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An Ecumenical Ministry in St. Patrick's Catholic Parish

Friday, February 5, 2021

The church must make amends to Black people with reparations


The church must make amends to Black people with reparations

In an excerpt from her new book, Birth of a Movement: Black Lives Matter and the Catholic Church, NCR opinion editor Olga Segura writes about how the Catholic Church must make amends to Black people.

In "A Christian Call for Reparations," the Rev. Kelly Brown Douglas described the need for faith leaders to center the Black experiences as crucial for their spirituality and ultimate salvation. By rejecting white supremacy and actively working to repair the harm Christian institutions have done to Black Americans, faith leaders can work to become moral leaders. For the Catholic Church to place itself within this struggle, it must make amends for the ways that it, too, has harmed Black Americans since the birth of the United States.

Historian Shannen Dee Williams has challenged many of us regarding the church's true role in chattel slavery. Along with slavery came racial capitalism, an economic system that relied on the exploitation, torture, rape, and often murder of Black and indigenous people throughout American history. As the first churches were being erected across the country, as Catholic schools were being created, including some of the oldest Jesuit colleges, this country was simultaneously viewing Black women and men as objects that would enhance profit. Our own church, which claims to internalize the gospel, enslaved Africans; our own church used Black women, men, and children to promote its own well-being and success over Black livelihood.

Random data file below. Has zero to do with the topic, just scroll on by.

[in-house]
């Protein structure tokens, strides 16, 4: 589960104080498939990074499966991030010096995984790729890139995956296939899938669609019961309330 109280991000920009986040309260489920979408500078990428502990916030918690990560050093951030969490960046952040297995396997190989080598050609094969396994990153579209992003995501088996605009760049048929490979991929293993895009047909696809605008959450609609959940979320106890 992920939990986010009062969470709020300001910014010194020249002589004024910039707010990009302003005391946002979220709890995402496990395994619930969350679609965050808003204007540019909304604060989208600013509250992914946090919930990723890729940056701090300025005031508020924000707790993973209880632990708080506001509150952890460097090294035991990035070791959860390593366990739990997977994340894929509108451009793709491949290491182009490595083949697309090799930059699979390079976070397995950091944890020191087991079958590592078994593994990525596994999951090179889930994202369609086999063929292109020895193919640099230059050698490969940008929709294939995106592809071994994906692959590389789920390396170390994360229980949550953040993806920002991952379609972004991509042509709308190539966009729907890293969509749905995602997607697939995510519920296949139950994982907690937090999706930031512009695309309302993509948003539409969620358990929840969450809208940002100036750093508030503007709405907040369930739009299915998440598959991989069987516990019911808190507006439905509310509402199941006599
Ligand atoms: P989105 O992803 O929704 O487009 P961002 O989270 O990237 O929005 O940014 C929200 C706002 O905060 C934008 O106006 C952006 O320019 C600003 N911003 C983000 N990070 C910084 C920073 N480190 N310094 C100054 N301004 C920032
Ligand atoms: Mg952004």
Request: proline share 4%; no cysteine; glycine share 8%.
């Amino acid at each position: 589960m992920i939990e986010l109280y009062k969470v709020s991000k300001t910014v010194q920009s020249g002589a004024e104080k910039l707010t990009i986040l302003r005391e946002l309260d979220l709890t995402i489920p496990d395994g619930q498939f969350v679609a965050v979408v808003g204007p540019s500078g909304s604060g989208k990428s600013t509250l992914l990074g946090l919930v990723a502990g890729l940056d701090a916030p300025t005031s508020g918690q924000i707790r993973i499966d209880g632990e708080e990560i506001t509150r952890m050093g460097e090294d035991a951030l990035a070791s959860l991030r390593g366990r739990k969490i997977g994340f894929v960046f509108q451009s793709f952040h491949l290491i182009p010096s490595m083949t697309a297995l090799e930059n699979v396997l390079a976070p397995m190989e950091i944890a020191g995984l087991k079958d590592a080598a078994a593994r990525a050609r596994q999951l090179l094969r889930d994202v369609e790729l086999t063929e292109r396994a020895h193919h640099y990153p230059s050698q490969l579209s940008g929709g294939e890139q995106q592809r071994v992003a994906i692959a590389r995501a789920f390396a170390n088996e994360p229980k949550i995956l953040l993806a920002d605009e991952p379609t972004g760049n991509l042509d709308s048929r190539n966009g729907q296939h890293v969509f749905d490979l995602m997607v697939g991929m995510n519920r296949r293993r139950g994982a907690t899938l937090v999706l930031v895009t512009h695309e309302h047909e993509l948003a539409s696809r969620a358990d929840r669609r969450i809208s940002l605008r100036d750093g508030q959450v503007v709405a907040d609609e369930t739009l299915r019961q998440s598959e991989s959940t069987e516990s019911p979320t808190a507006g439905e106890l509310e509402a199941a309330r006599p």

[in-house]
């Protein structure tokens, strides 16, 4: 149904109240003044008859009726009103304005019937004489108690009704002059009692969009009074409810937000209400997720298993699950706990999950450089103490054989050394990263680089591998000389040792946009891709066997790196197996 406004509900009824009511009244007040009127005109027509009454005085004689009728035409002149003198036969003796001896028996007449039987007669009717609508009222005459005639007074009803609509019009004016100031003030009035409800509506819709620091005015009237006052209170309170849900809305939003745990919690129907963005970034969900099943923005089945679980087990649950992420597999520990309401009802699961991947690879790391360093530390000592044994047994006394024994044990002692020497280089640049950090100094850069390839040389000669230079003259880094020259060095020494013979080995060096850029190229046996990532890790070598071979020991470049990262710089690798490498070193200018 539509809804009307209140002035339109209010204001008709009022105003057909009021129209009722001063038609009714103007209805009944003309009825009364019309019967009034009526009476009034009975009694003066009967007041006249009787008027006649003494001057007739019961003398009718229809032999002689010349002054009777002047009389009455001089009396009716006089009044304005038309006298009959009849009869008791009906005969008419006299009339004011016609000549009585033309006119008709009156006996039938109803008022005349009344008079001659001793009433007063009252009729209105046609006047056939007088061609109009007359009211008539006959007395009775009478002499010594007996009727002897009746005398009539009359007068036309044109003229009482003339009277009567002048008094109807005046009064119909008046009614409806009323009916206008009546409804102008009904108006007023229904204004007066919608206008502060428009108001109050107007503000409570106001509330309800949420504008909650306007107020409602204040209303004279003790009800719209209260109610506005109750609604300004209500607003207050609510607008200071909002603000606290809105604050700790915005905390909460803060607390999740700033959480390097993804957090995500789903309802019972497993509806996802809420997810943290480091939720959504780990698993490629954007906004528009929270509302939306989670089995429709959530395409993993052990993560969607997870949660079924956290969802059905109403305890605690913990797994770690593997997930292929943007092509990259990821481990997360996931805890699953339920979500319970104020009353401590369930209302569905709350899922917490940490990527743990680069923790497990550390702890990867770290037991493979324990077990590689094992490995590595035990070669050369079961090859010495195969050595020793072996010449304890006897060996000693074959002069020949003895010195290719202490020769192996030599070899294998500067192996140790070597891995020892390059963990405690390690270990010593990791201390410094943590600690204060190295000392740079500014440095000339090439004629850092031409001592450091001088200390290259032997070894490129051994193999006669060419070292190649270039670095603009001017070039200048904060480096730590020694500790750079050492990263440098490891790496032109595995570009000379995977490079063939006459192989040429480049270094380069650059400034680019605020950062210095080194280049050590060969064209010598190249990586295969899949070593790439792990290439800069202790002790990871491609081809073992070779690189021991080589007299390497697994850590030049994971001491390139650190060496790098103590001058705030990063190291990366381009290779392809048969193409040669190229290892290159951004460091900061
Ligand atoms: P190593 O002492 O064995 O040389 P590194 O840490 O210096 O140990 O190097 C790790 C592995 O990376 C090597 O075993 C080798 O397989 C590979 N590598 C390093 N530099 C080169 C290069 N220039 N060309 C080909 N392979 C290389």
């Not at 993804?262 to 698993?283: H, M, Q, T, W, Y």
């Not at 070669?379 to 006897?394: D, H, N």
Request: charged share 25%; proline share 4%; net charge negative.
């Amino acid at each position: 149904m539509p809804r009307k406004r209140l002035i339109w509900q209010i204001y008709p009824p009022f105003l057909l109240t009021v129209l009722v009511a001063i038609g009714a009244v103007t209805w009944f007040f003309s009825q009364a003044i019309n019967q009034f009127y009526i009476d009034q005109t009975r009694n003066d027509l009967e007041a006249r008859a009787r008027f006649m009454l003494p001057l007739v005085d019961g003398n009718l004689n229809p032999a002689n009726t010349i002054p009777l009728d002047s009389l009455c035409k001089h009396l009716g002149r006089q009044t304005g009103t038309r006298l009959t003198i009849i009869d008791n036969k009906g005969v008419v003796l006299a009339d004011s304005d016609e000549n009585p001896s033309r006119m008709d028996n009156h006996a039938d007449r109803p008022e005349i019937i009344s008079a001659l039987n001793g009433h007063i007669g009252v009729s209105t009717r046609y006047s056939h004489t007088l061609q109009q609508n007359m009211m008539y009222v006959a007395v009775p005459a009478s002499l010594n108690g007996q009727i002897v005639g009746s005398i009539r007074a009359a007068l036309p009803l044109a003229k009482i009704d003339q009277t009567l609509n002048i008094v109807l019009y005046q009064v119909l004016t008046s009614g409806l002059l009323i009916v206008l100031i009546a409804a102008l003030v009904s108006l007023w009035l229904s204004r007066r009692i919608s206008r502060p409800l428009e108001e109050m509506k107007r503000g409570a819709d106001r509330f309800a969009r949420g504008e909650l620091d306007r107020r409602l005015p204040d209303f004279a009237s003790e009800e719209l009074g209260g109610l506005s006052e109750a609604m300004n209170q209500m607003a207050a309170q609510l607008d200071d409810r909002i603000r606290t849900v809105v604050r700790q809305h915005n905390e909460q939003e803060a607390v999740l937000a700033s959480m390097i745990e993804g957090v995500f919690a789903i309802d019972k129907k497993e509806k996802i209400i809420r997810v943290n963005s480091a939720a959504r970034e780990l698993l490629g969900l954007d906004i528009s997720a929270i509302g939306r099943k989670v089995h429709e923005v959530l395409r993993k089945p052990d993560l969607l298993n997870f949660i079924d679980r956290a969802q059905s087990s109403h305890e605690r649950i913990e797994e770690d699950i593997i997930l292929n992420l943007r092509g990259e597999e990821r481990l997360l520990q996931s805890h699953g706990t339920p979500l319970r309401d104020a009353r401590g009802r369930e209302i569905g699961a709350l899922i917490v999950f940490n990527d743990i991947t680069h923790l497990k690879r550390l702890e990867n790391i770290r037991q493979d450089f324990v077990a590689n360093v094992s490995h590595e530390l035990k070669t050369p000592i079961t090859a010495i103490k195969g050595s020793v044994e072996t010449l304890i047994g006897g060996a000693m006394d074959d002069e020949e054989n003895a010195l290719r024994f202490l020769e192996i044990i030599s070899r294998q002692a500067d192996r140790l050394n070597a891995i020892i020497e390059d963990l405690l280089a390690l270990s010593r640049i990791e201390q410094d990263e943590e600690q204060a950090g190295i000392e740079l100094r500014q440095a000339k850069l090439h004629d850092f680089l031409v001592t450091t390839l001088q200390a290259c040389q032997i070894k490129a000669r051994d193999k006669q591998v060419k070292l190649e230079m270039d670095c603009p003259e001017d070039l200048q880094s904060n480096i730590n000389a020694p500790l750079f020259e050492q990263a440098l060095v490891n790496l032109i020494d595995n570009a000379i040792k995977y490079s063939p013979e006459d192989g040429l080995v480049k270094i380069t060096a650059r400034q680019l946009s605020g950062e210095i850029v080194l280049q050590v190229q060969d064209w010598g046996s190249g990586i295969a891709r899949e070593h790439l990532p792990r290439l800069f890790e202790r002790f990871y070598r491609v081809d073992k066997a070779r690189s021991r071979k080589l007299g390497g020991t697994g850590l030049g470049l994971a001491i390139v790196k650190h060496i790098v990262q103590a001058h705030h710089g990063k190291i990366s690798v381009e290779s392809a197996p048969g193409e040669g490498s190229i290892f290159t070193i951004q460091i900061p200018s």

Throughout the American church's history and well into the twentieth century, religious orders were also actively working to keep Black women and men out. Williams wrote that many Black women and men chose, instead, to start their own religious orders. Universities run by religious orders, like Georgetown University, were also complicit in racial capitalism. The Jesuits who ran Georgetown University in 1838, just forty-nine years after the first Catholic bishop in America founded it, sold 272 enslaved persons to avoid bankruptcy.

You can read more of the excerpt here.

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